Alcovy Superior Court Judge Eugene Benton agreed Wednesday to a continuance, allowing John Jody Blackwell’s attorney time to prepare for his client’s attempt to rescind his guilty plea in the 2009 murder of Epsie Ewing, 65, of Loganville. The judge will now hear the case for withdrawal on Sept. 10.
Blackwell, 23, is one of three Monroe men currently serving sentences for their part in the murder. He pleaded guilty on June 6 and was sentenced by Benton to serve life plus five years. The sentence does allow for parole at the end of his sentence. However, he is now asking to withdraw that guilty plea and face a jury.
But for Ewing’s family it is just prolonging the agony.
“It’s like it is starting up all over again, I mean it’s already been five years,” said Ewing’s sister, Faye Evans. She, along with several other members of Ewing’s family, had traveled to Monroe for the hearing. “This is just not something that I was prepared for. I had put it on the back burner and then to get that call it’s like waking up to a nightmare. She deserves justice – the family deserves justice.”
Alcovy Circuit Court District Attorney, Layla Zon, had argued unsuccessfully against continuing the proceeding on Tuesday and then again on Wednesday. She spoke to the family as they left, saying that such a withdrawal was not standard practice.
“This is unusual – the whole case is unusual,” Zon said.
On May 21, 2009, Blackwell, Barry Marquez Partee and Cory Butler had gone to the Loganville home of Ewing and her husband, C.F. Ewing, with the intent to rob them. During the commission of the crime, both of the Ewings were beaten. Epsie Ewing died the following month as a result of her injuries. Blackwell and Partee were both seniors at Monroe Area High School at the time. All three men were arrested within a week of the attack and faced the death penalty if found guilty.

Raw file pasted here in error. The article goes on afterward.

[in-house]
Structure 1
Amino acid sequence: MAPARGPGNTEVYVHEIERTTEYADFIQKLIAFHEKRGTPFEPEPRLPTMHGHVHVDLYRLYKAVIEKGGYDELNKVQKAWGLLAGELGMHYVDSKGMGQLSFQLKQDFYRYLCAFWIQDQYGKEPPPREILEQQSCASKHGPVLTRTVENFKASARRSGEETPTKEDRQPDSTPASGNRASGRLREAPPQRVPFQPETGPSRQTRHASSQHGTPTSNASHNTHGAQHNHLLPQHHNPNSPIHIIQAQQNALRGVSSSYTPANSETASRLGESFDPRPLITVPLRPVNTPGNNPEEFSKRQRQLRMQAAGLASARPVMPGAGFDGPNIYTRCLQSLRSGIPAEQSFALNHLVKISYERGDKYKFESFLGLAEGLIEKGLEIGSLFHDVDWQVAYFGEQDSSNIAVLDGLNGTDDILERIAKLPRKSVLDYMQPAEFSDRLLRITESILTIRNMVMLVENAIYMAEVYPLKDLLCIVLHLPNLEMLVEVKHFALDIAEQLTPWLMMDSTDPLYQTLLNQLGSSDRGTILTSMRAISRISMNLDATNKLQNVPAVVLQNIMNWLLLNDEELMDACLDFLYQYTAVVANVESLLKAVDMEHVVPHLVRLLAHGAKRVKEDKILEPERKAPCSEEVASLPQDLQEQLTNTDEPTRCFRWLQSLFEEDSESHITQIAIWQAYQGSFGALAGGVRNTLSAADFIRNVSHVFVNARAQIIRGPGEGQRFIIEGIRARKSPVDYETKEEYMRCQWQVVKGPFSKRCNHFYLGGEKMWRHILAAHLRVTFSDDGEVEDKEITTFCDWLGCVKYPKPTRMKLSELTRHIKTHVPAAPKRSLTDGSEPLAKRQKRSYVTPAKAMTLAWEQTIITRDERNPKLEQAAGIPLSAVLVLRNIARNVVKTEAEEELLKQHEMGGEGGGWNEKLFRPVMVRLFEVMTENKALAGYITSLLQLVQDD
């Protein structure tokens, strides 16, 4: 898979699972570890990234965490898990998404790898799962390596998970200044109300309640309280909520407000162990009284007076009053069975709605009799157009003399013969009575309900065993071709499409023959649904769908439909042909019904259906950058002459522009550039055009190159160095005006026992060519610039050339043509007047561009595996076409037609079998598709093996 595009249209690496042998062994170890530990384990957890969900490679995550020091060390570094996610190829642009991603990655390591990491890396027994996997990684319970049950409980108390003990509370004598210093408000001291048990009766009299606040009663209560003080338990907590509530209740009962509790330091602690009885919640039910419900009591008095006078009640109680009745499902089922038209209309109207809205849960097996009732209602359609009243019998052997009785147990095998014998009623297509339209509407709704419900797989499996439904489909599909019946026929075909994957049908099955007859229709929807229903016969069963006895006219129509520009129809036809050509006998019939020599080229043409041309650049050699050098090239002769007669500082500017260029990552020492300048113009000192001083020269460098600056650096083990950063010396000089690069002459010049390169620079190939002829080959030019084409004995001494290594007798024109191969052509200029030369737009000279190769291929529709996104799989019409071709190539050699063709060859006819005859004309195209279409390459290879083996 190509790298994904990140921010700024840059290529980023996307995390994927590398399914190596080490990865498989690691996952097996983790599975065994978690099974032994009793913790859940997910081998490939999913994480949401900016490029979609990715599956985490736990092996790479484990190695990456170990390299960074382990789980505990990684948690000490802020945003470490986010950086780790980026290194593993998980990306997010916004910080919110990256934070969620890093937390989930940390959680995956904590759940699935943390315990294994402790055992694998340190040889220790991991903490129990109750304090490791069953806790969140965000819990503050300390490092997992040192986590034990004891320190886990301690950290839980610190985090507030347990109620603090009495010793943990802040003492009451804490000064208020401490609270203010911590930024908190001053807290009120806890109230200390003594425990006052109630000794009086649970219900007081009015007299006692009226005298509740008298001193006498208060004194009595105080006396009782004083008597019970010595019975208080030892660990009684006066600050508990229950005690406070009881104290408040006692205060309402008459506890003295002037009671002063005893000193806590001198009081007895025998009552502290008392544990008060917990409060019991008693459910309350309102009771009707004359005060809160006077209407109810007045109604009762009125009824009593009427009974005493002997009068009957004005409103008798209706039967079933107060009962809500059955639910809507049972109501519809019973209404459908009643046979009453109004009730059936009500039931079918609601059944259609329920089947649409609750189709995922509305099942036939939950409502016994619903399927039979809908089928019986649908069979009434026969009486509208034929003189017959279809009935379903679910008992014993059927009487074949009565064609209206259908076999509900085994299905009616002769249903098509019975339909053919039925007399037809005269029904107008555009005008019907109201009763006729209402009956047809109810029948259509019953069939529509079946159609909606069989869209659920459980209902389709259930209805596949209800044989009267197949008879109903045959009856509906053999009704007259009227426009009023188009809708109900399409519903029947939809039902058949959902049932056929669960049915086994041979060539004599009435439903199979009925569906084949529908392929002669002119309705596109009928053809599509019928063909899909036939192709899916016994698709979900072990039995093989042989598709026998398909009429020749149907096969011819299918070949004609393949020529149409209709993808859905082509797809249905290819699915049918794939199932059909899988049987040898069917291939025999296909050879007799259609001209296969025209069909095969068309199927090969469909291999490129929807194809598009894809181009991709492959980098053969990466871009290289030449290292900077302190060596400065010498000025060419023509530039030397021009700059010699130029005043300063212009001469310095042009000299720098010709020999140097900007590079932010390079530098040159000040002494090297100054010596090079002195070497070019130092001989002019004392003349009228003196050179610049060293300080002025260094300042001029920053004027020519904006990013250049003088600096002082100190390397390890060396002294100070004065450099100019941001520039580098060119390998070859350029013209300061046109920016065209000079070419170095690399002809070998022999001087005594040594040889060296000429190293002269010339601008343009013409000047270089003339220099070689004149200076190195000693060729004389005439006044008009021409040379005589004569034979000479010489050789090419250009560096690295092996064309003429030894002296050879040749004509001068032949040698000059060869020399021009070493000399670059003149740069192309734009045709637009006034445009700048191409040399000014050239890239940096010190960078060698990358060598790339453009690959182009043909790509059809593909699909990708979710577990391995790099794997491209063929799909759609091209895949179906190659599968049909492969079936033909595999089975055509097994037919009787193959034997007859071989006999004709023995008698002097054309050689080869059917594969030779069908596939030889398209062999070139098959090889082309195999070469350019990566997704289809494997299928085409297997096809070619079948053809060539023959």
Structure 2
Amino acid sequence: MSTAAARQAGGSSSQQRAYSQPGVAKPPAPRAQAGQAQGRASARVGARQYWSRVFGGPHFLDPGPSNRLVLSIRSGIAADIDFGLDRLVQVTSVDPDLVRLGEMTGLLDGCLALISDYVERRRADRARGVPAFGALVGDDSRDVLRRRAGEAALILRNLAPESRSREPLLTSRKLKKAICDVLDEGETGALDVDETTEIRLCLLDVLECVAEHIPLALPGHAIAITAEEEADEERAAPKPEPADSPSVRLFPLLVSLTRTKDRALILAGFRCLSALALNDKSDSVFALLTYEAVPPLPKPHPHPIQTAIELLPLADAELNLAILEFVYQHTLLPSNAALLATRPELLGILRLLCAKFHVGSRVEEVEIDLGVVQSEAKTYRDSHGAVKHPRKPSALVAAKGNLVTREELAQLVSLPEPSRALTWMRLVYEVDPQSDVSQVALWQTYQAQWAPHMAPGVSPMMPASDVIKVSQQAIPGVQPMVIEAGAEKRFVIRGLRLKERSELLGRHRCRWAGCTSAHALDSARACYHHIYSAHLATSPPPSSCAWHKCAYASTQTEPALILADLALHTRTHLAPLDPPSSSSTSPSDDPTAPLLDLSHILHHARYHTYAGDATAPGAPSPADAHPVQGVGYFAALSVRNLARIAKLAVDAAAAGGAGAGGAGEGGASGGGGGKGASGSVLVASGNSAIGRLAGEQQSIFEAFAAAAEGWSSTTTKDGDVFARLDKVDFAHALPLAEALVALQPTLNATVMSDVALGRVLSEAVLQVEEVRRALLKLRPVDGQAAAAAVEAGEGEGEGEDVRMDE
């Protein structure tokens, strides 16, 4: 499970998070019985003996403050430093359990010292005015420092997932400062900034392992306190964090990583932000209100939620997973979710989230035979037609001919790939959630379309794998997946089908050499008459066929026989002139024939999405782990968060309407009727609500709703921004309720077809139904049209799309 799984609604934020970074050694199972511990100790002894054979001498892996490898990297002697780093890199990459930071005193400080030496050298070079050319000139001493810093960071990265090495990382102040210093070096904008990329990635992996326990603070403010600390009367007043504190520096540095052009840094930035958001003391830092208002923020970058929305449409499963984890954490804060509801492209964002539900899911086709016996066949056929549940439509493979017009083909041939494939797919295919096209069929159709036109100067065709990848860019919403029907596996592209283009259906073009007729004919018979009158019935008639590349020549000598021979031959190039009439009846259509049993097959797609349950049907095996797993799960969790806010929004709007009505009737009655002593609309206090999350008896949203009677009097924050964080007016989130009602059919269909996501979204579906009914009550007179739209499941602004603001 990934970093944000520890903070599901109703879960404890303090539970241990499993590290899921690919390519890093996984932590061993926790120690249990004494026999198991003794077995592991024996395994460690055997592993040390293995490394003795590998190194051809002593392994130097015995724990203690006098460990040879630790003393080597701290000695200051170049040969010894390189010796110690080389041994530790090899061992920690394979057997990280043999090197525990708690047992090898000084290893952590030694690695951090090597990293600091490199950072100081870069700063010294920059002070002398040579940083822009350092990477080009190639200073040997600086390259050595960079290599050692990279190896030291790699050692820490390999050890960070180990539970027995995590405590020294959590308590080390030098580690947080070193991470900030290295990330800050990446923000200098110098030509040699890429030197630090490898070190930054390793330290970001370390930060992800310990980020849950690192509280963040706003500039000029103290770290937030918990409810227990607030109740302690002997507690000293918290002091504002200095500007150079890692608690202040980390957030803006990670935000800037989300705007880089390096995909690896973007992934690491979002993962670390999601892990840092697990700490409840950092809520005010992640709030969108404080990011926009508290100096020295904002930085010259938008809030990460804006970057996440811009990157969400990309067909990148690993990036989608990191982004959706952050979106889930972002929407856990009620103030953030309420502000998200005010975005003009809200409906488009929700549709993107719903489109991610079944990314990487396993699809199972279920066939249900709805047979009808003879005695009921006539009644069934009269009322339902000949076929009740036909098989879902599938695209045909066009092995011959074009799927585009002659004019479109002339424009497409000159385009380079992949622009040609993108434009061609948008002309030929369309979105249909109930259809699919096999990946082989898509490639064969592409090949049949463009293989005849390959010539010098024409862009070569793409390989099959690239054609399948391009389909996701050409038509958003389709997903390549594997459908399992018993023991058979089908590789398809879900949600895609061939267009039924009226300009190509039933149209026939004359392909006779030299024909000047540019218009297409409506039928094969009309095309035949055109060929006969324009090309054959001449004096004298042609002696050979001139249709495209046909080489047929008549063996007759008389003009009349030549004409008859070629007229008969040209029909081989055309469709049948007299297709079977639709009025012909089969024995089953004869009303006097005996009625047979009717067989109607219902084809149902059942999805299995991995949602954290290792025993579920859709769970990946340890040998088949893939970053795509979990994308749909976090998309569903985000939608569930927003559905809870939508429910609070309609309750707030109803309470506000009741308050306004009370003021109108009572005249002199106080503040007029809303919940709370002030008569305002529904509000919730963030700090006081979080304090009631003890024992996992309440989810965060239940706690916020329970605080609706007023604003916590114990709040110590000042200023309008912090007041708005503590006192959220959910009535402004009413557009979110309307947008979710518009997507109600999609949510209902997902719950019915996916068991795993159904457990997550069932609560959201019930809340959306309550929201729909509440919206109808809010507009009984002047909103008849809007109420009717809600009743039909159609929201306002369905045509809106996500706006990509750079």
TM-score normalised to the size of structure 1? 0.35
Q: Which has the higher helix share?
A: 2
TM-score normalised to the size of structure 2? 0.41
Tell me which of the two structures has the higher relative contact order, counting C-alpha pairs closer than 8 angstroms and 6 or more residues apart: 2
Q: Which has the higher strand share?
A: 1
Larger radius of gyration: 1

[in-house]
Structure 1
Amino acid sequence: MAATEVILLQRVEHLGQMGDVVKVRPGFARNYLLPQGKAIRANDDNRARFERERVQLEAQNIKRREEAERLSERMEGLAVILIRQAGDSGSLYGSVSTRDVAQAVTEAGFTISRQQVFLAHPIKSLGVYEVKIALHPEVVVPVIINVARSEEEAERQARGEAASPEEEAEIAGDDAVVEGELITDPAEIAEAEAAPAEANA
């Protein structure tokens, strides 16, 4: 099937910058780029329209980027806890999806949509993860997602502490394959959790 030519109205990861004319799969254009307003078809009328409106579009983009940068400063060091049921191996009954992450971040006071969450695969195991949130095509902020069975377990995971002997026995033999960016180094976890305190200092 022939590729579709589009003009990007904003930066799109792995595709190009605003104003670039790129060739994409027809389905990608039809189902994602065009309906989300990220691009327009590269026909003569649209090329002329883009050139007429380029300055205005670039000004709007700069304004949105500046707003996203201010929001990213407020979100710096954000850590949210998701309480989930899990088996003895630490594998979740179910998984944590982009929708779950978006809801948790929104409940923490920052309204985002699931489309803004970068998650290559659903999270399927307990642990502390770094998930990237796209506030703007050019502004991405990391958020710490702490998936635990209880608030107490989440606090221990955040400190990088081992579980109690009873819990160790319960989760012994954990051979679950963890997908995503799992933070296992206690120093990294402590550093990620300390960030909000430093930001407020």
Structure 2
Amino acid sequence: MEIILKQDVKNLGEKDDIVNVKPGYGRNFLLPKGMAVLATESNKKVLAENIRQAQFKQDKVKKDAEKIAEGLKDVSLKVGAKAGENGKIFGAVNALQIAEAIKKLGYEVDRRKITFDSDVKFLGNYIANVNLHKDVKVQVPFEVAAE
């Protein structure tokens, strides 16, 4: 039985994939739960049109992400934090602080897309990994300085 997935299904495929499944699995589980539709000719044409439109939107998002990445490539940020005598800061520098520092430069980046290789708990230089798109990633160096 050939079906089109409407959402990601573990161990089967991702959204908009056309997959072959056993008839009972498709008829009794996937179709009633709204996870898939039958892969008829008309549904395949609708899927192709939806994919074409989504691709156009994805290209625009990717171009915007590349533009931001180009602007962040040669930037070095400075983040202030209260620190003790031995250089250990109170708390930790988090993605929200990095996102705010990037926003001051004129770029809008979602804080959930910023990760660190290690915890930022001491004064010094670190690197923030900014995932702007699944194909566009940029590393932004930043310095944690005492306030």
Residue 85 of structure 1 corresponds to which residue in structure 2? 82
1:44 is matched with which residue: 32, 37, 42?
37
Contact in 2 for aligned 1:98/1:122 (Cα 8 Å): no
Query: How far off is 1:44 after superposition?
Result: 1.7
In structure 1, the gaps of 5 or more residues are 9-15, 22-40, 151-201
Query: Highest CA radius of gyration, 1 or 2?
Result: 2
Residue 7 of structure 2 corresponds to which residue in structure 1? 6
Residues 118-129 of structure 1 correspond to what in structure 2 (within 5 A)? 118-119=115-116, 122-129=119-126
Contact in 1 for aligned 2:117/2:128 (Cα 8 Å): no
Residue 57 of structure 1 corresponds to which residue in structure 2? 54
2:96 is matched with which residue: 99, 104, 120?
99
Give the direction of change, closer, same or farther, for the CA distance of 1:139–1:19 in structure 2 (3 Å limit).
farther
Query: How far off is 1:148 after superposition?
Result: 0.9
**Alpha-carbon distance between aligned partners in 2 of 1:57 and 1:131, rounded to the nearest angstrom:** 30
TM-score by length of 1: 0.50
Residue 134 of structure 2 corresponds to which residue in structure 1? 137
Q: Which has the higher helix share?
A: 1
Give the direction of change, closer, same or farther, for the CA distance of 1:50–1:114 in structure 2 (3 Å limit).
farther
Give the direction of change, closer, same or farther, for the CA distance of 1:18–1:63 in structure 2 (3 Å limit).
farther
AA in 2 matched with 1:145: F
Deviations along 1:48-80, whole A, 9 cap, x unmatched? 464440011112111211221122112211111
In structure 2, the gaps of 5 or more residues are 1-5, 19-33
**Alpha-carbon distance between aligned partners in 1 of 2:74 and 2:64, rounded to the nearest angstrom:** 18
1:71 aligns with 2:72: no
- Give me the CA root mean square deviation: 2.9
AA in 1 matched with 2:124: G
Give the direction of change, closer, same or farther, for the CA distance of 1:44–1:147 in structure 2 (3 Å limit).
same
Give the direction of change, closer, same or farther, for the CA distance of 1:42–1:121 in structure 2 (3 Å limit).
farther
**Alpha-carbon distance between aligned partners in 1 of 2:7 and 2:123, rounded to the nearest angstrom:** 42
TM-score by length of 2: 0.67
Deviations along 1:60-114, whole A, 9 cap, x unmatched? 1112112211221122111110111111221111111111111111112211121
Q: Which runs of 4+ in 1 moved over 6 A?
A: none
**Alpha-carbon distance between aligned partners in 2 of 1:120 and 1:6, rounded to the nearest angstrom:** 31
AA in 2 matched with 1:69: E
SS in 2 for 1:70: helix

Partee pleaded guilty to his involvement in the murder on June 4 and was sentenced to a total of 30 years, to serve 12, and a total of $6,000 in fines.
Last year, Butler had waived his right to a jury trial in exchange for the death penalty being taken off the table. He was found guilty by Benton in a bench trial and sentenced to life without the possibility of parole. However, he too is petitioning for a new trial.
Blackwell was the last of the defendants sentenced after a guilty plea, but he has now retained counsel claiming that his attorneys were not in possession of all the facts and that one of them was drunk. Covington attorney Ellis Millsaps was released from the case after turning up for court allegedly drunk the day that Blackwell pleaded guilty. At the time, Benton got assurances from Blackwell that he was comfortable being represented by his other attorney, Dennis Francis. Millsaps was dismissed from the case and was later arrested and charged with contempt.
Although Zon had argued against the continuance, she conceded that it was likely allowed “out of an abundance of caution.” Blackwell’s attorney, David J. Farnham, also asked that Partee be called to testify. Partee got a lesser sentence and Farnham is arguing that he was, in fact, more culpable than Blackwell. Farnham also asked that Mike Westbrooks, the former Loganville Police officer who had investigated the case, be called to testify.
Zon objected and argued that the purpose of the hearing was not to re-try the case but to decide whether Blackwell’s guilty plea had been entered freely and in accordance with the law. She said there was no need for Partee or Westbrooks to be called – or for there to be a continuance.
“None of that has any bearing on whether or not (Blackwell) made an educated decision to plead guilty. Defense is asking to revisit the case,” Zon said, going on to note that Blackwell’s DNA was at the scene and he had implicated himself by passing a note to another prisoner admitting that he was there. “We did not have the same on Partee.”
Zon said they also had the surviving witness, C.F. Ewing’s, testimony that it was Blackwell who was beating him while Butler was beating C.F.’s wife, Epsie.
Farnham said that Blackwell was disputing the facts as they were presented to him and that had he been in possession of all of the facts he would not have pleaded guilty.
“He sat five years awaiting trial so if you could – give him until Sept. 10,” Farnham asked of the judge.
Zon assured the family that even if the judge agreed to let Blackwell withdraw his plea at the hearing on Sept. 10, all it meant was that it would then go to trial.
“He’s not getting out. It just means he will be brought back here to Walton County and we will prepare for a trial,” Zon said.